Ken Griffin’s Citadel has replaced Ray Dalio’s Bridgewater as the most successful hedge fund of all time—the MOAT, if you will—after generating US$16 billion for investors last year.
Driving the news: The $54 billion hedge fund made a 38.1% return in its main fund last year. That sounds pretty good, but it sounds even better when you consider hedge funds, overall, fell by 4.25% last year, according to an index tracking many of the top players.
- LCH Investments, a fund of hedge funds, estimated a return of 3.4% at the top 20 managers and losses of 8.2% at the rest of funds, per Bloomberg.
Why it matters: Citadel’s profits represent the biggest dollar gain by a hedge fund in history, surpassing the ~$15.6 billion pocketed by John Paulson in 2007 through bets against the US subprime mortgage market (described as the “greatest trade ever” in one book).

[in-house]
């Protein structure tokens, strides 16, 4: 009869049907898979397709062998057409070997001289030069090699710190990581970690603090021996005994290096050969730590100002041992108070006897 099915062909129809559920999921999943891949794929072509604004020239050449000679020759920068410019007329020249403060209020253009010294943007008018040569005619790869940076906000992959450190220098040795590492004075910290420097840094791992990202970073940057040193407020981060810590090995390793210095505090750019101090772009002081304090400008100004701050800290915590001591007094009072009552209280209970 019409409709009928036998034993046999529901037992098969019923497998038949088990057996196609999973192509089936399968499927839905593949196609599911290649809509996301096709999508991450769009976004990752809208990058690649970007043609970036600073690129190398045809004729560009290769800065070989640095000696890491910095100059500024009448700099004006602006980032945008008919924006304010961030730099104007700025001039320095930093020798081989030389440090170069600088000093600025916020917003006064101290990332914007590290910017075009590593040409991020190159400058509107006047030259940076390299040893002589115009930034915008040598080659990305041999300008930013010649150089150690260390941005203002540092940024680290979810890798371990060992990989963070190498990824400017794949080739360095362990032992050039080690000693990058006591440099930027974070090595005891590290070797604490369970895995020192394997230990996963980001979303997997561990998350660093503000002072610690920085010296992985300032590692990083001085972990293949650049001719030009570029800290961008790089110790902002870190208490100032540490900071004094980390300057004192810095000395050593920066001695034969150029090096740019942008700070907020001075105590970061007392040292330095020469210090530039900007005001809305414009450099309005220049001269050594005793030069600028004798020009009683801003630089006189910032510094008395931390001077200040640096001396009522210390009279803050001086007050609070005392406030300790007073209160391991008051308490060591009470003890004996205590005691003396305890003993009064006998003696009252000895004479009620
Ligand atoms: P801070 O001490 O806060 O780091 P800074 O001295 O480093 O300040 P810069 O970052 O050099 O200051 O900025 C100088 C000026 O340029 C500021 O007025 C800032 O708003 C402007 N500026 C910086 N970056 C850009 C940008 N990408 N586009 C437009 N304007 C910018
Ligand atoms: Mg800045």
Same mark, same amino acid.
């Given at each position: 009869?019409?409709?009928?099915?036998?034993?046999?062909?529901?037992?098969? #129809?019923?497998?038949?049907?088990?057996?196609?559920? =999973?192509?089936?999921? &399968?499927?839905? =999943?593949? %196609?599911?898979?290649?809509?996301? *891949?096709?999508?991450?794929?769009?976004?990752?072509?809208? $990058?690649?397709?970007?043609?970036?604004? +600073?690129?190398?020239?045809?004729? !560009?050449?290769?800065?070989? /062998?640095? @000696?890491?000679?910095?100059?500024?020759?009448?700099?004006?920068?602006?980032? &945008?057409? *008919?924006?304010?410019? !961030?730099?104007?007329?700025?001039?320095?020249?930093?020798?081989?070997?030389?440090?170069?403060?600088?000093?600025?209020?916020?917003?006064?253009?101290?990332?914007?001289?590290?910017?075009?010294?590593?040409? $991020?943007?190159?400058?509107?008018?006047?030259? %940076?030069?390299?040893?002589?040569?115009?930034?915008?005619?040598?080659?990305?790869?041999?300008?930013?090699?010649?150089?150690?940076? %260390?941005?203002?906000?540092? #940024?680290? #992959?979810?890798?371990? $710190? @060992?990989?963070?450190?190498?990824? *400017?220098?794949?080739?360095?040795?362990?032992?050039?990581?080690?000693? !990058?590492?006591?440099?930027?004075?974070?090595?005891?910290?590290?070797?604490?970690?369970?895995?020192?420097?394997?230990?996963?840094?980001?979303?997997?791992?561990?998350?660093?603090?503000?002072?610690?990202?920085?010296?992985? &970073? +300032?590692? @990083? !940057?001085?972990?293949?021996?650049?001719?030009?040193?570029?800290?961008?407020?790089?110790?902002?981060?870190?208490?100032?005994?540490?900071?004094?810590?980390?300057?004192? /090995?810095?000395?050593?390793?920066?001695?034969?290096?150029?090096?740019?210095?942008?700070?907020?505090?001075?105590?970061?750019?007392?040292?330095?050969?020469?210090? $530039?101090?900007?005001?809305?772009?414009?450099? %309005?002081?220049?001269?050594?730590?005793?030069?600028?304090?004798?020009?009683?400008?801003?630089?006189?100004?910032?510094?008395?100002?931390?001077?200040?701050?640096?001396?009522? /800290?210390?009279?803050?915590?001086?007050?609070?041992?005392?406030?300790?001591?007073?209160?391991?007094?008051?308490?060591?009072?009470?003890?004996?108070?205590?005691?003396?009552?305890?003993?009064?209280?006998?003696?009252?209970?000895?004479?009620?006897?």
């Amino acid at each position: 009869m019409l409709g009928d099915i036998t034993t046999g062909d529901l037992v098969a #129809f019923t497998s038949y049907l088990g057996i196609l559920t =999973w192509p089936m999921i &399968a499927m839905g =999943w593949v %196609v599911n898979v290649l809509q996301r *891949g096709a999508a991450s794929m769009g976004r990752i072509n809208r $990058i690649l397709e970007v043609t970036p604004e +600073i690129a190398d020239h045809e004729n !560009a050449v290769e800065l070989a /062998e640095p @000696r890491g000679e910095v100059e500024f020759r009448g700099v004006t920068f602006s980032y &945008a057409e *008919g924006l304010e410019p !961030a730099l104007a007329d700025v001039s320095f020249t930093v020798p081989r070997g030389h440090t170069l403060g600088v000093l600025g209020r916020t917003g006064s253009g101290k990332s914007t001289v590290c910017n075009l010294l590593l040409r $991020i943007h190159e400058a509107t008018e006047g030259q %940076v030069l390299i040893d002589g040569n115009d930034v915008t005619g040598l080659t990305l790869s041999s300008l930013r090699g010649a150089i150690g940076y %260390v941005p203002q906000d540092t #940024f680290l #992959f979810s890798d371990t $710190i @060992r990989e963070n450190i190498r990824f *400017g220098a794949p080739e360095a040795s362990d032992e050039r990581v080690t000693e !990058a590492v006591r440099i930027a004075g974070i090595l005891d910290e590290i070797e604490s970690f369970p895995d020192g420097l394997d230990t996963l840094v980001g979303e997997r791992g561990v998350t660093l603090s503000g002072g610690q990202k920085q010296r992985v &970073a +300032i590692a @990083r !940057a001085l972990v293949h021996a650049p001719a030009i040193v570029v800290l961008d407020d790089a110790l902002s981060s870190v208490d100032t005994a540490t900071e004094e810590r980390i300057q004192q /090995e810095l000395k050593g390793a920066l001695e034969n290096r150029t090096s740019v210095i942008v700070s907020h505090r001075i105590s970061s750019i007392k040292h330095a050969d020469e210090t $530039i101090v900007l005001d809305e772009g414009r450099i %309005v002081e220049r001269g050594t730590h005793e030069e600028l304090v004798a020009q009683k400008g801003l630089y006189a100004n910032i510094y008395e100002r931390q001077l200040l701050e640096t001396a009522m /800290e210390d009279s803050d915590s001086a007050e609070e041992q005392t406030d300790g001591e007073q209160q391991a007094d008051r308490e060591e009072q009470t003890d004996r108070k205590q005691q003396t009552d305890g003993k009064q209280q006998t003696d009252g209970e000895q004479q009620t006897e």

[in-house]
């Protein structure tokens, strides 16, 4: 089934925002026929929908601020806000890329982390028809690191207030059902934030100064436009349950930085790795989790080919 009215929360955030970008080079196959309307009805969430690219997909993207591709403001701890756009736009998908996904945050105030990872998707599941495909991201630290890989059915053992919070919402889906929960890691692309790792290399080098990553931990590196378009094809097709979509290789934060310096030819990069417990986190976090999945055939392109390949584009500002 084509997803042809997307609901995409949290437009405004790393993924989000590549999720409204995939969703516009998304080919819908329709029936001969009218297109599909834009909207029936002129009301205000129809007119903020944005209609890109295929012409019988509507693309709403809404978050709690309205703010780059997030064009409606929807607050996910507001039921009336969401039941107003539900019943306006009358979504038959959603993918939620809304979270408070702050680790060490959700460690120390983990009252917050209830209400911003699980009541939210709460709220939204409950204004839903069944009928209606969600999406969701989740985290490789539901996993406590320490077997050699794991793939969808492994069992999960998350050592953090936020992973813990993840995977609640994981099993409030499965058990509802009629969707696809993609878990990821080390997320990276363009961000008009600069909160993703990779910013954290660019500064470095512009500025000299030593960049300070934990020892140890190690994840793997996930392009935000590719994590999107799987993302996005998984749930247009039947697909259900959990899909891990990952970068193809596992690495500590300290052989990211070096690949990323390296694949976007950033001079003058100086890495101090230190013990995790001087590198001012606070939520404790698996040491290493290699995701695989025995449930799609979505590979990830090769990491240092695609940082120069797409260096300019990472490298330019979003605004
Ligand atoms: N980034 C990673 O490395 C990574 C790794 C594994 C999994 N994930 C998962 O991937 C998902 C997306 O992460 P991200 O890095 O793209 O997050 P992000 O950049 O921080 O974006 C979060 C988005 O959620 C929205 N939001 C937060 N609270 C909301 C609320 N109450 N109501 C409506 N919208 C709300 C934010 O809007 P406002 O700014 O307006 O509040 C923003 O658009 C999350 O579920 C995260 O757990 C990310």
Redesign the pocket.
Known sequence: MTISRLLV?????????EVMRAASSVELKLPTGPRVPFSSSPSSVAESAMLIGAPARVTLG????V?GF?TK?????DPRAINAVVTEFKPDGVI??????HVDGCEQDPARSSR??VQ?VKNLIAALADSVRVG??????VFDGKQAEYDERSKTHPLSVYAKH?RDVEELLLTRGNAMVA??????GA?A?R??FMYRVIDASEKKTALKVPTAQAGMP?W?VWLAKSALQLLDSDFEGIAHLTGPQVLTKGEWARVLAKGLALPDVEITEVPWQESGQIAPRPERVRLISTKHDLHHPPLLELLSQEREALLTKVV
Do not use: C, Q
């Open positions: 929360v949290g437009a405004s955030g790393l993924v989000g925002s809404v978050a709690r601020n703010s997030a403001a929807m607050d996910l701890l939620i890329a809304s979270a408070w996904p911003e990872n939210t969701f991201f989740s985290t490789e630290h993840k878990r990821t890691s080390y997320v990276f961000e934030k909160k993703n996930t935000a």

- The gains generated “reflect their increasing dominance in strategies which do not depend on rising asset prices,” said LCH Chairman Rick Sopher.
- Instead, macro strategies are tied to developments in interest rates, foreign policy, currency exchange rates, and international trade agreements.
Bottom line: Last year was generally a great year for macro funds, which base their investment strategy on high-level economic and political events rather than being closely tied to equity markets (which tend to slump during periods of economic uncertainty).